La genealogía de los Earnshaw

Some Anglophone readers (and Russophone children) get understandably confused by Russian names in Crime and Punishment and War and Peace. Others are bewildered by the tightly circumscribed nameset of Wuthering Heights. Over to Kathryn Hughes, again:

…the screechy melodrama about two families living on the Yorkshire Moors who intermarry, squabble, die, buy land, lose land, beat each other up and have children to whom they give bafflingly identical names… Virginia Woolf who, along with Sylvia Plath, thought it a sacrilege to scribble in her books, broke her rule with Wuthering Heights, sketching out a family tree on a blank page, in a desperate attempt to sort out how all those multiple Catherines, Heathcliffs and Lintons fit together.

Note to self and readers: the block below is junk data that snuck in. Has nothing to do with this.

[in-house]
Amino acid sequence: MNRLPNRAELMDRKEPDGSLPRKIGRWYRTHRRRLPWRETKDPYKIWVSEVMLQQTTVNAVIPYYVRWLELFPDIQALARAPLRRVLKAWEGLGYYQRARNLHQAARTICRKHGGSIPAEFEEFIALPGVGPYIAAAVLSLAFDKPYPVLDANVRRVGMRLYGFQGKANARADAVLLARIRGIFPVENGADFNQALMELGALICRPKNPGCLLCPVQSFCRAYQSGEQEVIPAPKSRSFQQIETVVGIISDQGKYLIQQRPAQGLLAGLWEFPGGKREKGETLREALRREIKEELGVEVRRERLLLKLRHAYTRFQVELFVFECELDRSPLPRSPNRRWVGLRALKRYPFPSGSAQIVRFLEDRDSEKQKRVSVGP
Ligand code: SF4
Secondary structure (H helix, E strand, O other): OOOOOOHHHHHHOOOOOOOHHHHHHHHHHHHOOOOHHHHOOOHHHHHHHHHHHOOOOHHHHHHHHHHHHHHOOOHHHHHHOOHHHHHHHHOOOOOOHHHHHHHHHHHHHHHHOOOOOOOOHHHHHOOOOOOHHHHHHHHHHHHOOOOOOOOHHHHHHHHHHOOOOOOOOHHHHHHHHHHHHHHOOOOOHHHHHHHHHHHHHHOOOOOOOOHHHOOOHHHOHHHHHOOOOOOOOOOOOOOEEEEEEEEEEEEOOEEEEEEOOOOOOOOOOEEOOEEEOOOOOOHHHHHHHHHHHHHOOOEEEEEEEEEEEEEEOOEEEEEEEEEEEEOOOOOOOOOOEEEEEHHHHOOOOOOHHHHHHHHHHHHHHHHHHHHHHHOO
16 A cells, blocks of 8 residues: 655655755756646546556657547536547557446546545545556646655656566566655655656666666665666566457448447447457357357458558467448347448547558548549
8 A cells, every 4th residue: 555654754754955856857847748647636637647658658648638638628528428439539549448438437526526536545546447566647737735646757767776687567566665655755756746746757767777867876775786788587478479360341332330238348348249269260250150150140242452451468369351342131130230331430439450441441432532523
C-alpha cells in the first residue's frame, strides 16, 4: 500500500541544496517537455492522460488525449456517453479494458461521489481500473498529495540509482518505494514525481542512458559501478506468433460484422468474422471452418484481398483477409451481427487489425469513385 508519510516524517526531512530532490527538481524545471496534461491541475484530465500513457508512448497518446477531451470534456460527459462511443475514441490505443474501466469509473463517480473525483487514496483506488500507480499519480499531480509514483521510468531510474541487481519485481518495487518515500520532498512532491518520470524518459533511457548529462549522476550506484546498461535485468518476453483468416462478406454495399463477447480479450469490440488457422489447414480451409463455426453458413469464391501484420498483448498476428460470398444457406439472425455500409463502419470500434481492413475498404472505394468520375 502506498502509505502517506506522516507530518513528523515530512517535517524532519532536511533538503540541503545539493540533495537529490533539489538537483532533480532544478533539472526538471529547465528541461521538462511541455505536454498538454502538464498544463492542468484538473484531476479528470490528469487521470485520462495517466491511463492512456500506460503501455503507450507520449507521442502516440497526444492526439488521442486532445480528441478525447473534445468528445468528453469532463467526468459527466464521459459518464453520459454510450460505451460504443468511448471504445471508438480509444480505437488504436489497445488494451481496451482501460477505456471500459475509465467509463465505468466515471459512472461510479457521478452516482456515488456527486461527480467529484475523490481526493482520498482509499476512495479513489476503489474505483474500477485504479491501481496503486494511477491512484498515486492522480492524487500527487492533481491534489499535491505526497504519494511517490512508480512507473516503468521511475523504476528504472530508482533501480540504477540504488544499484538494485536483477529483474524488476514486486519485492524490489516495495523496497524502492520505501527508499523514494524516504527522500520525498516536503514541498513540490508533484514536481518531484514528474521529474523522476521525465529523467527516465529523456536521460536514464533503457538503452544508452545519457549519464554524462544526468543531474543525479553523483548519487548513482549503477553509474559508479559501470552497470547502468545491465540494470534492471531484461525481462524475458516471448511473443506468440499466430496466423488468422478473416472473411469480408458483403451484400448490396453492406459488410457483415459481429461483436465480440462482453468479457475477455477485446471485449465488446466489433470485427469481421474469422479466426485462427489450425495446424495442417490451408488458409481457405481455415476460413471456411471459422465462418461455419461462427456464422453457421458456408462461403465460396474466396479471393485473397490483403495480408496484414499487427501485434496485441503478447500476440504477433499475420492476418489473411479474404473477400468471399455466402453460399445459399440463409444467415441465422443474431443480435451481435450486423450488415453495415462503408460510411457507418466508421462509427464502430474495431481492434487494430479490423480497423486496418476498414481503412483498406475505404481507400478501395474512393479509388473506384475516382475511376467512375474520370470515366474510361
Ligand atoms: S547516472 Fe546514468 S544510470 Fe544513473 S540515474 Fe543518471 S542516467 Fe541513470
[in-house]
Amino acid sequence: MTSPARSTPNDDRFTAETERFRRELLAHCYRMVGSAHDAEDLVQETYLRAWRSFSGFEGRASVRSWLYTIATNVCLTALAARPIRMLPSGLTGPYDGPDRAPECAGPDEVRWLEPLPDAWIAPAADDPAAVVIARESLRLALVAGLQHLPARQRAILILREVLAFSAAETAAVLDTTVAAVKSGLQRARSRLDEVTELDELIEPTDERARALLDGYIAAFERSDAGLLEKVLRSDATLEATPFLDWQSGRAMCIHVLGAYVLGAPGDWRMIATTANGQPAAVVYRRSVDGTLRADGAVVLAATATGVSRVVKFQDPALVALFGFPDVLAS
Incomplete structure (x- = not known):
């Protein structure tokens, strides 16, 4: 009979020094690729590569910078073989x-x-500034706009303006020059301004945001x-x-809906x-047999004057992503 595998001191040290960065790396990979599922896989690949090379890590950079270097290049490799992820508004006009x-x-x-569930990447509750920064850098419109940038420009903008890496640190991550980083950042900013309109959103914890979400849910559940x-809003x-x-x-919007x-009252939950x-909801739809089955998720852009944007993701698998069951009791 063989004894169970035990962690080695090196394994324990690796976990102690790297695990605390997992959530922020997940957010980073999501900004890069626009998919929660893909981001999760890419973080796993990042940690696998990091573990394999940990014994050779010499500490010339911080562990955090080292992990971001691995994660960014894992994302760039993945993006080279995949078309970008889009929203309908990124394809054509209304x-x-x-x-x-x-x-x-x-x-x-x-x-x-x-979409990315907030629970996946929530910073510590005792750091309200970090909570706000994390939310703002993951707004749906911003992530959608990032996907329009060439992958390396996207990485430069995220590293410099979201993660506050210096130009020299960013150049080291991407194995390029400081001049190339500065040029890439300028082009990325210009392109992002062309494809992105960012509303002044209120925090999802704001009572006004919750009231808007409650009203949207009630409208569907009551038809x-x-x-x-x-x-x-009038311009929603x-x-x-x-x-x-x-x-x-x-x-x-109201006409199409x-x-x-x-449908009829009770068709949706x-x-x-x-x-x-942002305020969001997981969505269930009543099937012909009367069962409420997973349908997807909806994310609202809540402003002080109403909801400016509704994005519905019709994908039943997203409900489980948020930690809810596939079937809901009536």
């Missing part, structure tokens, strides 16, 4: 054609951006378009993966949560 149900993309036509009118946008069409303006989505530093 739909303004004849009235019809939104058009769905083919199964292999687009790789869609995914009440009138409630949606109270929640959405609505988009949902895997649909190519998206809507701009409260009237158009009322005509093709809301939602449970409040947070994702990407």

A desperate attempt! Are we supposed to understand that Virginia Woolf never quite figured out the plot of WH?

Speaking of this tortuous genealogy, which famous 20th century novel does it remind me of? Bafflingly identical names on a seven-generation family tree in a remote provincial town.

Cien años de soledad, of course, or One Hundred Years of Solitude.

One Guardian reader admits: “I tried to read Wuthering Heights once, and couldn’t get past the confusion of the names.” Another responds: “The ‘confusion of the names’ is one of the most glorious artistic devices of the novel.” Agreed – and the first to be confused, and drawn into the mess, is the narrator.

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